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Every Monday we publish the most unbelievable stories of climbing stupidity submitted by our readers. See something unbelayvable? Email firstname.lastname@example.org and your story could be featured online or in print. For more Unbelayvable, check out the Unbelayvable Archives.
I was teaching college students some basic rock climbing skills when I noticed these anchors nearby. Both had been set up by the same couple and were in use. Once I identified myself as a rock climbing instructor and showed genuine concern for their well being, they became open to feedback. I then showed them how they could improve the set up. The thing that stood out to me when watching this group was how much extra gear they had at the base. They had several shoulder length slings and a half dozen locking carabiners just sitting there. It was a happy ending all in all. They learned a bit from us, we get to look at some poor real-world anchors and learn from them, and there were no injuries.—Jake Manning, via email
LESSON: These anchors look like the work of someone figuring it out on the fly. Maybe they heard something about locking carabiners at some point, but they’re not sure what they’re doing or why. The most obvious red flag here is the American Death Triangle on the left. We’ve covered them in this column before. The short version is that they multiply the force on each bolt because of… physics (I am not a physicist). But the left anchor has a few more red flags. Take a look at the left-most carabiner. It’s a locker, which is good, but it’s being loaded off-axis and on the gate, which is bad. Carabiners are strongest when loaded along the spine (the longest piece of metal). Their strength goes down significantly in any other configuration. Finally, the rope appears to be threaded through what looks like a single quicklink. Whether it’s a quicklink or carabiner, best practices call for two locking or three non-locking carabiners (opposite and opposed, of course). That’ll give you an anchor with that sweet redundancy us climbers love. As far as the death triangle, something like this using that same sling, clipped to the bolts, would be far preferable.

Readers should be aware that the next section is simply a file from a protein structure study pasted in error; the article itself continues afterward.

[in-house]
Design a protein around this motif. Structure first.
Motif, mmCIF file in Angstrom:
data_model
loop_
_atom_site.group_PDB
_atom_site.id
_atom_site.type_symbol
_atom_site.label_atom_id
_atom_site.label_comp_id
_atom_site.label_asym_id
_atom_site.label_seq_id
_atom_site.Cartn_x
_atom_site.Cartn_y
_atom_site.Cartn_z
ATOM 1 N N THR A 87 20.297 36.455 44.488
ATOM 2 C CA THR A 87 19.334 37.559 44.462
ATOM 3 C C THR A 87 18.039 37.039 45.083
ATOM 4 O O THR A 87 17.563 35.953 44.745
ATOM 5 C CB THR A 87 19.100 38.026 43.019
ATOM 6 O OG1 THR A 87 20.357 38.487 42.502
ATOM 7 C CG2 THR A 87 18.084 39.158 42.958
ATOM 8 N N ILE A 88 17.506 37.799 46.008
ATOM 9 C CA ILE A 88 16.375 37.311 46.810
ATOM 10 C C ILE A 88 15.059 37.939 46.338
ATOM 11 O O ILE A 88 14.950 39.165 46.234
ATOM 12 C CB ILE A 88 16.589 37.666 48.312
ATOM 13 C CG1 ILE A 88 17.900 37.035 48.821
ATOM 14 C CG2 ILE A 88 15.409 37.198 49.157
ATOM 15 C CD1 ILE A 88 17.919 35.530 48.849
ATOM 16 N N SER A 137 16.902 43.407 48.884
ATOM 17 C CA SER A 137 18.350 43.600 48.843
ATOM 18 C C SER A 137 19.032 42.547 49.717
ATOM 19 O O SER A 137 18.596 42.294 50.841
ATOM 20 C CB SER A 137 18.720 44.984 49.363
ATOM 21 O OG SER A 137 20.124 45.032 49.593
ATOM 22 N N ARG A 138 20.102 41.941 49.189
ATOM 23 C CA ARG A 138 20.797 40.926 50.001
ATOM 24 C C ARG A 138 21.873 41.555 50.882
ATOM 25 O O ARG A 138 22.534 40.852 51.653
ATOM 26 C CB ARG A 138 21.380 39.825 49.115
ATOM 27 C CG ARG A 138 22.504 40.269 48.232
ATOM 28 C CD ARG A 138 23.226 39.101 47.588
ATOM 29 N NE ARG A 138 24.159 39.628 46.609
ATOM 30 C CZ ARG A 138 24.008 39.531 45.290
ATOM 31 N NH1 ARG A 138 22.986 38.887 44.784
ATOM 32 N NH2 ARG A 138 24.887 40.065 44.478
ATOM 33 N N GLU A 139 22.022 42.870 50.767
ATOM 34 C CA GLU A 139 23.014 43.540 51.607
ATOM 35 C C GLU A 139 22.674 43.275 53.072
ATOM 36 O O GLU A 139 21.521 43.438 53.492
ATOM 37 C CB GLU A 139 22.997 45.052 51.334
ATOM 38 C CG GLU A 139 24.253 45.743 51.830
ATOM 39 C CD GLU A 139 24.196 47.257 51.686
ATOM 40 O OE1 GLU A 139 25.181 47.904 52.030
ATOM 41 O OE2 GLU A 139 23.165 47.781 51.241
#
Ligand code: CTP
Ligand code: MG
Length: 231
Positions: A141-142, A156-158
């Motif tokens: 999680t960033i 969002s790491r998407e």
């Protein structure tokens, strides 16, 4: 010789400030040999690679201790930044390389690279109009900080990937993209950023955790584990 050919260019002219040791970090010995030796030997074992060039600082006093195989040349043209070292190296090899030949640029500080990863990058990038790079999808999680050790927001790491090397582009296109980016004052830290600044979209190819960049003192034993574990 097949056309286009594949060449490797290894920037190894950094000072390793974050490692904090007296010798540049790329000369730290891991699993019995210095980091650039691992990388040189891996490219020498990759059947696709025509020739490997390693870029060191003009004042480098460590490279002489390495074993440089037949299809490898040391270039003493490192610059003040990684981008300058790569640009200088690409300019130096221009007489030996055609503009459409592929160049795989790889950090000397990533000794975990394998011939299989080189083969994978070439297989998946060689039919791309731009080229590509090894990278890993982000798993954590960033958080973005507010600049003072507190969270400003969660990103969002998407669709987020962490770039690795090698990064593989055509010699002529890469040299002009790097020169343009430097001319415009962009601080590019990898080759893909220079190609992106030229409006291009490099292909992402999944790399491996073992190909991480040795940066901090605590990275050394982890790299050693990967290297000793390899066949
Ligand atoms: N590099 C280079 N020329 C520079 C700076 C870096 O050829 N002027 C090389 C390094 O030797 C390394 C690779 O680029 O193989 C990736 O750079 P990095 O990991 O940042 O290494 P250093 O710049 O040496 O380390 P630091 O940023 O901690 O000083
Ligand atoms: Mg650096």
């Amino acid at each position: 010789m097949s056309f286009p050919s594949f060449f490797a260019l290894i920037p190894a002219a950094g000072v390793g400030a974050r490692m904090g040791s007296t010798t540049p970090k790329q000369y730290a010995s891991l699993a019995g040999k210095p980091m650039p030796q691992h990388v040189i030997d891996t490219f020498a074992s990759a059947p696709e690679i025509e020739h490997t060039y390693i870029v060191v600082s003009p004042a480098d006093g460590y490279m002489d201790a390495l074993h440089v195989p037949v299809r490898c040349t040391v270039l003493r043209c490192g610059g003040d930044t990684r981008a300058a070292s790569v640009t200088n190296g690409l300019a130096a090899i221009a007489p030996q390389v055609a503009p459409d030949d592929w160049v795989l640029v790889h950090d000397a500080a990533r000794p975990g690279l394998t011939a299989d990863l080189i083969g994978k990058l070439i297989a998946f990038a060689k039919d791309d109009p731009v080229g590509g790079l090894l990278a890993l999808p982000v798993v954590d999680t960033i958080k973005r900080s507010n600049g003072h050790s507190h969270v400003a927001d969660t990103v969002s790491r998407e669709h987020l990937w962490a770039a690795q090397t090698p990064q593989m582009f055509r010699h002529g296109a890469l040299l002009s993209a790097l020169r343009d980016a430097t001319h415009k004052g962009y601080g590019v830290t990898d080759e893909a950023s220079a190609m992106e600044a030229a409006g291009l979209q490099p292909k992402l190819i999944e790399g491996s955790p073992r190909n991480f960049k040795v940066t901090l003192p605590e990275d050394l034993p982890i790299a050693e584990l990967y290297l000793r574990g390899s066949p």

Now let’s talk about that anchor on the right. It’s almost decent. In most situations it’s perfectly fine to toprope through two opposite and opposed quickdraws, as long as the angle between the draws is 60 degrees or less. That’s a common anchor on bolted routes. In this instance, that extra locking carabiner isn’t accomplishing anything, except possibly making the anchor less safe because it’s more likely to twist itself off the other carabiners than the rope would be.
Anchor building isn’t something that should be done with guess work. Take a class with a qualified guide, or pick up a copy of Climbing Anchors by John Long. You’ll thank yourself when you’re not building anchors with a bunch of random gear and hoping for the best.
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